It took a Frank Lampard goal -- a goal that looked a goal to everyone but the two people charged with calling it a goal, the referee and the linesman -- on the biggest of the world's big sport stages to get goal-line technology finally adopted in the richest and most-televised football league in the world. It was too little, too late, but too little, too late is still better than nothing at all, never. The instantly available, indisputable decisions of goal-line technology made the game fairer and faster, and also made an entire genre of refereeing protests and post-match interview questions go extinct faster than footballers' hairstyle fads. Everybody wins! (Except Luis García.)
Goal-line technology is just the first step. It's a relatively small step, too, considering how rarely goal-line controversies come up. Referees need a lot more help, a lot more often, on a lot more common game situations. They need more eyes, better eyes, technological eyes. They need video, they need computers, and they need the help to be able to make the correct call with greater regularity than they could ever hope to do it currently.
"The best players in the world they can make mistakes; the best players in the world miss penalties, the best goalkeepers in the world make mistakes. This gentleman (Atkinson) is one of the top referees in this country, he's one of the top referees in European football. He can make mistakes. He made four important mistakes (on Saturday). You want consistency but consistency in the right way."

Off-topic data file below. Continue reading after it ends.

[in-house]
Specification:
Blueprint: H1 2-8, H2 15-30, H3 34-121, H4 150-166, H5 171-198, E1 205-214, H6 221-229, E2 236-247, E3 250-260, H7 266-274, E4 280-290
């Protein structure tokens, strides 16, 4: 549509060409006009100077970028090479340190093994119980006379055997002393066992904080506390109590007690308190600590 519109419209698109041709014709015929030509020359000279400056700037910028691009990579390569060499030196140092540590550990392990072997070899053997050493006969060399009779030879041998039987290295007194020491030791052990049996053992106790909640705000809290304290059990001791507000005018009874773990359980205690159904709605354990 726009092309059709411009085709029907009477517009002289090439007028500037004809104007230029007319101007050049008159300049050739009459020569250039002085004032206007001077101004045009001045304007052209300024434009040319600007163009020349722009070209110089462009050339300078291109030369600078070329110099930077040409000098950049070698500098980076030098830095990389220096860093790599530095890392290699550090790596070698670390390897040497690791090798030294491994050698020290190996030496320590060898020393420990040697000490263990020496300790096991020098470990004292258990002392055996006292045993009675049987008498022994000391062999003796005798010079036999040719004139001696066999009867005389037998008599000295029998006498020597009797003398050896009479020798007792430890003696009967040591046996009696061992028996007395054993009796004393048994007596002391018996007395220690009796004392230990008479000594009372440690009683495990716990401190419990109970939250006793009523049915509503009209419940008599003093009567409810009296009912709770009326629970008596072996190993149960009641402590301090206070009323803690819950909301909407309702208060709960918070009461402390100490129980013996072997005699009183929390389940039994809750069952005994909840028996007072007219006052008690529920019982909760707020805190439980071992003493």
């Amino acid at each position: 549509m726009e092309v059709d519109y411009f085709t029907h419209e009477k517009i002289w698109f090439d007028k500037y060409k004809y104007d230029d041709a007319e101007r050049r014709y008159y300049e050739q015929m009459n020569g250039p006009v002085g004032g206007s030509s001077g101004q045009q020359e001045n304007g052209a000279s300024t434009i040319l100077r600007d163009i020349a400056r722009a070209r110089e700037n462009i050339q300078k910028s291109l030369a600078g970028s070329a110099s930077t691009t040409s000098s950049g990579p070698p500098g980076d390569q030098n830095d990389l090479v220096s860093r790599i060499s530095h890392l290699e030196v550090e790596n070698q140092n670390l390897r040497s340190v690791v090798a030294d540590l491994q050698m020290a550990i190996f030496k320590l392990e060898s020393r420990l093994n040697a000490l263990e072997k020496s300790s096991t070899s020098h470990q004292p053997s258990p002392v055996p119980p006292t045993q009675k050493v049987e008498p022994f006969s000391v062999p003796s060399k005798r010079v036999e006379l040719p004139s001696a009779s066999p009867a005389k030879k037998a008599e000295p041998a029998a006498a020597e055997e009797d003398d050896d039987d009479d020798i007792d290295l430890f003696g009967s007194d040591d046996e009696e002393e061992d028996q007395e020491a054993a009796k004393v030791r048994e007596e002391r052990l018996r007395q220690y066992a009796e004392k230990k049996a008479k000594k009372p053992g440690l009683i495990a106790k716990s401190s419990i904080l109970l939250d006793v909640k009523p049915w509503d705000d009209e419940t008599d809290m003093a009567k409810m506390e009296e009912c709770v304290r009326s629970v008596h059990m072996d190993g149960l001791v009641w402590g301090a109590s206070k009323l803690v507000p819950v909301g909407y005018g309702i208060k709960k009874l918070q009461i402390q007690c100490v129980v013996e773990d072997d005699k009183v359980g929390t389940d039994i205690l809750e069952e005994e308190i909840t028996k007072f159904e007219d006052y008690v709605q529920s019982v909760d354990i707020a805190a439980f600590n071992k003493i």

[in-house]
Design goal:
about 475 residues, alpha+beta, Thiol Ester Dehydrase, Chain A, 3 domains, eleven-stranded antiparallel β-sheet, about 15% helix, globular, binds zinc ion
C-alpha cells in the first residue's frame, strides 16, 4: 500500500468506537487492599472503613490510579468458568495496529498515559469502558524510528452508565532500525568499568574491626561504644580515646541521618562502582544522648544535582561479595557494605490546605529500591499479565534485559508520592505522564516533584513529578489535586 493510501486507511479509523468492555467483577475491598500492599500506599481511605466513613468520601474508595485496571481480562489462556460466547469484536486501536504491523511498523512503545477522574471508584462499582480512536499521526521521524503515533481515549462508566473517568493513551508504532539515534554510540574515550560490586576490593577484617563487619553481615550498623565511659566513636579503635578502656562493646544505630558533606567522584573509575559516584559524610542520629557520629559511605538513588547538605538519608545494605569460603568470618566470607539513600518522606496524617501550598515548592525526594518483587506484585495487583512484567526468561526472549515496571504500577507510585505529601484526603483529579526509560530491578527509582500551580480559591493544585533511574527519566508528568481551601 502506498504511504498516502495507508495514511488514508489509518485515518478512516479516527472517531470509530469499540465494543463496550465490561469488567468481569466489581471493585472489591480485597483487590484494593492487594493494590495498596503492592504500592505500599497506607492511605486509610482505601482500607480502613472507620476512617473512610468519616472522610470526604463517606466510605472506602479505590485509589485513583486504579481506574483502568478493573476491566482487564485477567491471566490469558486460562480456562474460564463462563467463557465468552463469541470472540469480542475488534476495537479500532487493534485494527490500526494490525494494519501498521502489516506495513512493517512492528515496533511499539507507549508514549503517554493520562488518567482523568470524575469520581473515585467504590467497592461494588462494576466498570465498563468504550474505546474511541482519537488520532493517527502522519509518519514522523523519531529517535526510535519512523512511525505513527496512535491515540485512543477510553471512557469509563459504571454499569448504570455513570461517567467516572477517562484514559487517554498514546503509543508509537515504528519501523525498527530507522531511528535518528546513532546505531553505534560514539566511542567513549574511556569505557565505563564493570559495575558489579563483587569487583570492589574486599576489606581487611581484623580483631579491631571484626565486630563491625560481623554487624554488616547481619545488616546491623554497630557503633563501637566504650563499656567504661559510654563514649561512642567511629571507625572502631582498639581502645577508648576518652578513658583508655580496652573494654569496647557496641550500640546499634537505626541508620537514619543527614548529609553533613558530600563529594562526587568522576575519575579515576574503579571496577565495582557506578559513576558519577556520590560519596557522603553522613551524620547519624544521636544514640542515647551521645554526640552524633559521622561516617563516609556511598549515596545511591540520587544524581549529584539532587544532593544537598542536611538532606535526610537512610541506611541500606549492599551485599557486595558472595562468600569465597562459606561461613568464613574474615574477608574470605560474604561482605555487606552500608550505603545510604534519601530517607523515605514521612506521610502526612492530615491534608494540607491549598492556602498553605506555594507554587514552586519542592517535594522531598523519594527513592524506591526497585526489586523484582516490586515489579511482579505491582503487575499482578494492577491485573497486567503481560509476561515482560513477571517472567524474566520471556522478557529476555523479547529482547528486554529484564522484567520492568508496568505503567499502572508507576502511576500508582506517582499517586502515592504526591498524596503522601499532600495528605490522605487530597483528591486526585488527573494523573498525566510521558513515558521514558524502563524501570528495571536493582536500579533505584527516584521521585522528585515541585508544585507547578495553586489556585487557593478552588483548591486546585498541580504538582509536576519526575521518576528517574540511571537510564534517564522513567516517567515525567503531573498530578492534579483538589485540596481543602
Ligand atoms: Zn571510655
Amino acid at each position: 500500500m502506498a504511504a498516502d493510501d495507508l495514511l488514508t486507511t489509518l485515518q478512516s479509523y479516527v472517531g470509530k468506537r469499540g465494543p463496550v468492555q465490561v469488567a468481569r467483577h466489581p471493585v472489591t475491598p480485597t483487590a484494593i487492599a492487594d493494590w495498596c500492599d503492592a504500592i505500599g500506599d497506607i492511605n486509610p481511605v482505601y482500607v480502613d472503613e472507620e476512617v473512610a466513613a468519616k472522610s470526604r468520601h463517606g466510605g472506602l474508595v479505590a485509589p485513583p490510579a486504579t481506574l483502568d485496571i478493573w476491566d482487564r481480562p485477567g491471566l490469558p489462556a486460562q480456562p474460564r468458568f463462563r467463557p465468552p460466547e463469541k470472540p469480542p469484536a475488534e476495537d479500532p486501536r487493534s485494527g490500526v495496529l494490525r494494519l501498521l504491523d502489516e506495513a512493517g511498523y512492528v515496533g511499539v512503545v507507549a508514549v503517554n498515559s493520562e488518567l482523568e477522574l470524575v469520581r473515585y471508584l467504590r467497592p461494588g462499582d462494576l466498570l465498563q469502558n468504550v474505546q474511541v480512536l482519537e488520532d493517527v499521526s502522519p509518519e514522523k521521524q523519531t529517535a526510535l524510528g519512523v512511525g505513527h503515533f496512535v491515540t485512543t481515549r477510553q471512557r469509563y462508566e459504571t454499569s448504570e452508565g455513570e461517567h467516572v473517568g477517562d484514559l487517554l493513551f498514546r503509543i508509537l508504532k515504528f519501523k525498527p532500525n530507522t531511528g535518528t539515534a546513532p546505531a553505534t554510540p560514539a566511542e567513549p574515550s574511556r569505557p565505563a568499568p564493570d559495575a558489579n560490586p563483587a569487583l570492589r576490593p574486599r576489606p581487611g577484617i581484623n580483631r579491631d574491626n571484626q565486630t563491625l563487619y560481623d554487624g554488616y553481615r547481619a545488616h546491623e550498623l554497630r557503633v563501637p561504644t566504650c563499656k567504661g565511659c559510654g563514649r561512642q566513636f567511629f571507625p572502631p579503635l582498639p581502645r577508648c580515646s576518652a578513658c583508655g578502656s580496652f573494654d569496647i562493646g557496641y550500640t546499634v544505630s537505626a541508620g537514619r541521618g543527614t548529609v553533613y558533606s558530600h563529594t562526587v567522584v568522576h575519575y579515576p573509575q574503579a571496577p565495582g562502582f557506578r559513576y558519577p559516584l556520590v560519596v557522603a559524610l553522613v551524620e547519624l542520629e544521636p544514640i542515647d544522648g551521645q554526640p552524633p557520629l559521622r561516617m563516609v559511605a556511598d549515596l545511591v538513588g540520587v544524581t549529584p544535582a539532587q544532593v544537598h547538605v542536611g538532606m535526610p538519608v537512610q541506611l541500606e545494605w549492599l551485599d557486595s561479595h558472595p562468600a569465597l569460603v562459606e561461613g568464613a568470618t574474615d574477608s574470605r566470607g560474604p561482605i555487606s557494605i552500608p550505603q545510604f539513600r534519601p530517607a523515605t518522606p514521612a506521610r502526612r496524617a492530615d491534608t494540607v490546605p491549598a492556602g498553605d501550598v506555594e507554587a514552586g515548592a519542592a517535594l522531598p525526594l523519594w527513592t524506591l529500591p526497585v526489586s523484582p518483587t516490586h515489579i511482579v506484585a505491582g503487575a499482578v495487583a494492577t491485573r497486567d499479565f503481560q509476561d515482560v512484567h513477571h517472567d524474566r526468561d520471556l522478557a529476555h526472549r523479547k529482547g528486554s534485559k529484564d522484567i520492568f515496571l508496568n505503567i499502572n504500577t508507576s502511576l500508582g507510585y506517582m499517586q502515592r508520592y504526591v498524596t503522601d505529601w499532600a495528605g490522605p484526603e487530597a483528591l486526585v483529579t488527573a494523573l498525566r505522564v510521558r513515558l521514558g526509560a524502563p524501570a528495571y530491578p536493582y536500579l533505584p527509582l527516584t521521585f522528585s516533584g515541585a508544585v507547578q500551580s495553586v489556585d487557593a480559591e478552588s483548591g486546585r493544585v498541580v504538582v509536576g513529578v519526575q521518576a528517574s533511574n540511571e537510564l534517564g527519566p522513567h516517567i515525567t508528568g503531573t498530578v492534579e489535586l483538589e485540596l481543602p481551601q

"What would I improve (for the referees)? If the referee cannot see a penalty three metres in front of him, an official in front of a screen cannot miss it. If we want to protect the integrity and the honesty of the referees, if we want to believe - and I believe that the mistake is the consequence of a misinterpretation, of a bad position, of the unpredictability of the situation and of the game - I think technology can help."
"If I was a referee I would welcome it. It's the same thing with the goal-line technology: it makes a difference. You go one, two, three, four, five weeks without any incident and you think goal-line technology is not important but in a certain moment the technology will be important."
-Jose Mourinho; source: Sky
Implemented the right way -- and that bit is certainly key -- technology is the only answer that will let the beautiful game remain beautiful and free of constant controversy. Or, if you tend more towards the cynical side of things, the richest game remain free of multi-million dollar decisions resting on the shoulders of one single underpaid unfit tired near-sighted middle-aged, imperfect human.